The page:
On using flood-excess volume in flood mitigation, exemplified for the River Aire Boxing Day Flood of 2015

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Supplementary Files

Onno Bokhove, Mark Kelmanson, Thomas Kent


The goals of this paper are threefold, namely to:
(i) define the rarely used concept of flood-excess volume (FEV) as the flood volume above a chosen river-level threshold of flooding;
(ii) show how to estimate FEV for the Boxing Day Flood of 2015 of the River Aire in the UK; and,
(iii) analyse the use of FEV in evaluating a hypothetical flood-alleviation scheme (FASII+) for the River Aire,
largely based on the actual Leeds Flood-Alleviation Scheme II (FASII).
Techniques employed are data analysis combined with general river hydraulics and estimation using bounds.
By expressing FEV equivalently in terms of a square lake with a certain side-length and depth (of one to a few metres), with the same capacity, it becomes easy to visualise its dimensions and compare it with those of the river valley considered.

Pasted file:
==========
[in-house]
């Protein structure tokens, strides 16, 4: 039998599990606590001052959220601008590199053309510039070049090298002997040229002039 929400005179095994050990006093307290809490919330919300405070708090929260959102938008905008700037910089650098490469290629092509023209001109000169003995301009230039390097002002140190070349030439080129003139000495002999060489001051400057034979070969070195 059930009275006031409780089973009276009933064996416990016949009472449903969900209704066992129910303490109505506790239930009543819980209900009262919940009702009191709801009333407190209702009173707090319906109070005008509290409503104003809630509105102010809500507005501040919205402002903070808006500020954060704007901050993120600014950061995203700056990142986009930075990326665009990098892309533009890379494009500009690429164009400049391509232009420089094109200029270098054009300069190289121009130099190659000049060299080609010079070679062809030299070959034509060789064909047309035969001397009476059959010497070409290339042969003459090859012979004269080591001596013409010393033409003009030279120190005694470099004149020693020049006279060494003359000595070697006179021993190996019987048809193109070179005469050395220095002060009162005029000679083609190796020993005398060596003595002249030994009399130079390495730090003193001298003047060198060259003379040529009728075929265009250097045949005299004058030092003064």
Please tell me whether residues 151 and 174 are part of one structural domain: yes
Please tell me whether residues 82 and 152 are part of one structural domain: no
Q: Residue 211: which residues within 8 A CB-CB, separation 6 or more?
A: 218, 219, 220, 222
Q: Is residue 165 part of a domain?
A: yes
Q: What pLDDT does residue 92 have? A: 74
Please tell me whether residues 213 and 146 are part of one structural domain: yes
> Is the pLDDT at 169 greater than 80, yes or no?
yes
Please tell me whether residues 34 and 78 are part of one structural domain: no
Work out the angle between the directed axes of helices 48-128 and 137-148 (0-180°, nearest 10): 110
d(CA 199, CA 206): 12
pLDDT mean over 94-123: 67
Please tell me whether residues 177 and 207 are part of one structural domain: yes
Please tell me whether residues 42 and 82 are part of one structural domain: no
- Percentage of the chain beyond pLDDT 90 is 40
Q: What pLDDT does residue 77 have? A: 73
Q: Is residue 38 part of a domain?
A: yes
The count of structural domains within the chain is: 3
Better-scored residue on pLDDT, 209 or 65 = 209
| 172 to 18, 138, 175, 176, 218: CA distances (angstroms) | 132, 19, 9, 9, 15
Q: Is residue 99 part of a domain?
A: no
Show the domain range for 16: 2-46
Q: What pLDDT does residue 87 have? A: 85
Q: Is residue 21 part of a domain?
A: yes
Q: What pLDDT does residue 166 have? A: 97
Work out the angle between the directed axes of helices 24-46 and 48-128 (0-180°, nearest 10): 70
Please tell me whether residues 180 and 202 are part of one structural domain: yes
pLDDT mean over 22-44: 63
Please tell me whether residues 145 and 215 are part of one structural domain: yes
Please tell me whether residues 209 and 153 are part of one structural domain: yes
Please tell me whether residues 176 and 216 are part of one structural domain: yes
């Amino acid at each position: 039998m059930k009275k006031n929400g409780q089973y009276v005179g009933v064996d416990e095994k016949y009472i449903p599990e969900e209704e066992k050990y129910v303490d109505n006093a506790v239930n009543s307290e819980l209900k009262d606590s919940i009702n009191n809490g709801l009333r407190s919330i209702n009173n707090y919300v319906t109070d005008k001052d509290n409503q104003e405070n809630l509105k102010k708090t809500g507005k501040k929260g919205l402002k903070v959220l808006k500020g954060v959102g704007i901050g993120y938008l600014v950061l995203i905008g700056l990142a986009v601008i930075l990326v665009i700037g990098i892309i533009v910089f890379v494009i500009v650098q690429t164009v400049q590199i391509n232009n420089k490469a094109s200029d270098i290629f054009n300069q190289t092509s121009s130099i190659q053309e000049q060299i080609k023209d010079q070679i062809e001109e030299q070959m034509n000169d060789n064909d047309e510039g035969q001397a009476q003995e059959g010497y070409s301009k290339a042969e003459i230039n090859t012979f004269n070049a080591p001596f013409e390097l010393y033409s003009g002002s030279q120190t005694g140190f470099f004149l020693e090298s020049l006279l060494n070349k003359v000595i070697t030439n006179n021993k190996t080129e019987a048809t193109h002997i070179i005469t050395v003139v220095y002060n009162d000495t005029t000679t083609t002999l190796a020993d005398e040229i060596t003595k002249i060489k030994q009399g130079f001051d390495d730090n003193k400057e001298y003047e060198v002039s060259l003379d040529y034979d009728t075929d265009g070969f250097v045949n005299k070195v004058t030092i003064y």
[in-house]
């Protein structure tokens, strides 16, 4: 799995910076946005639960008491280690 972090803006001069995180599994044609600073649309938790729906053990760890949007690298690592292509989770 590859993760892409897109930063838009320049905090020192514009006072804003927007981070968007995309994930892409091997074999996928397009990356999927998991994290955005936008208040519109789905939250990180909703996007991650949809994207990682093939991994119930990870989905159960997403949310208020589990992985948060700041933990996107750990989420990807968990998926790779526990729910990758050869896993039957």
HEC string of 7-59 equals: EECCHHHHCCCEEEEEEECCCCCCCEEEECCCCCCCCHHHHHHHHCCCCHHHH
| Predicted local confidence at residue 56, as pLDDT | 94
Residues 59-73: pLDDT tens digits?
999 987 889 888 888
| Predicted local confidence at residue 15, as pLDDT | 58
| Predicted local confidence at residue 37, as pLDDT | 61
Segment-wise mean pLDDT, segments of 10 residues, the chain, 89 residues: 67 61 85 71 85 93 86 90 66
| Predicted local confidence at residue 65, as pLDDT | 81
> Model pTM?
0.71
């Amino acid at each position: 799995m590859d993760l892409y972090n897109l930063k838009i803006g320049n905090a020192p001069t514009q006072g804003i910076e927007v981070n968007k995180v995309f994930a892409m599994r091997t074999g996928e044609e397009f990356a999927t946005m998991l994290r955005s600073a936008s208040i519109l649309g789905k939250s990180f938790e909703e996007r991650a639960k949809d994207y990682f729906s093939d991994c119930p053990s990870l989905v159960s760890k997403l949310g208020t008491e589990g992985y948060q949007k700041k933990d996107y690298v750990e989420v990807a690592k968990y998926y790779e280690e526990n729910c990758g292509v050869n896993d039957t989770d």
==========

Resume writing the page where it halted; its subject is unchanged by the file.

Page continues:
FEV analysis provides cost-effective estimates of new flood-mitigation measures, either prior to or in tandem with more detailed hydrodynamic numerical and laboratory modelling of river flows. It is used to illuminate five different scenarios of flood mitigation for our new FASII+, with each scenario involving a combination of higher (than existing) flood-defence walls and enhanced flood-plain storage sites both closer to and further upstream of Leeds. An integral part of this approach is a cost-benefit analysis. For policy makers, a further advantage of FEV is that it can be used to analyse and choose between flood-mitigation measures in a direct and visual manner, thereby offering better prospects of being understood by a wide, particularly non-technical, audience and city-council planning departments.




Applied Mathematics, Earth Sciences, Hydrology, Other Applied Mathematics, Physical Sciences and Mathematics


flood mitigation, cost-benefit analysis, graphical policy analysis, flood-alleviation schemes, River Aire flood data


Published: 2018-07-10 16:42


GNU Lesser General Public License (LGPL) 2.1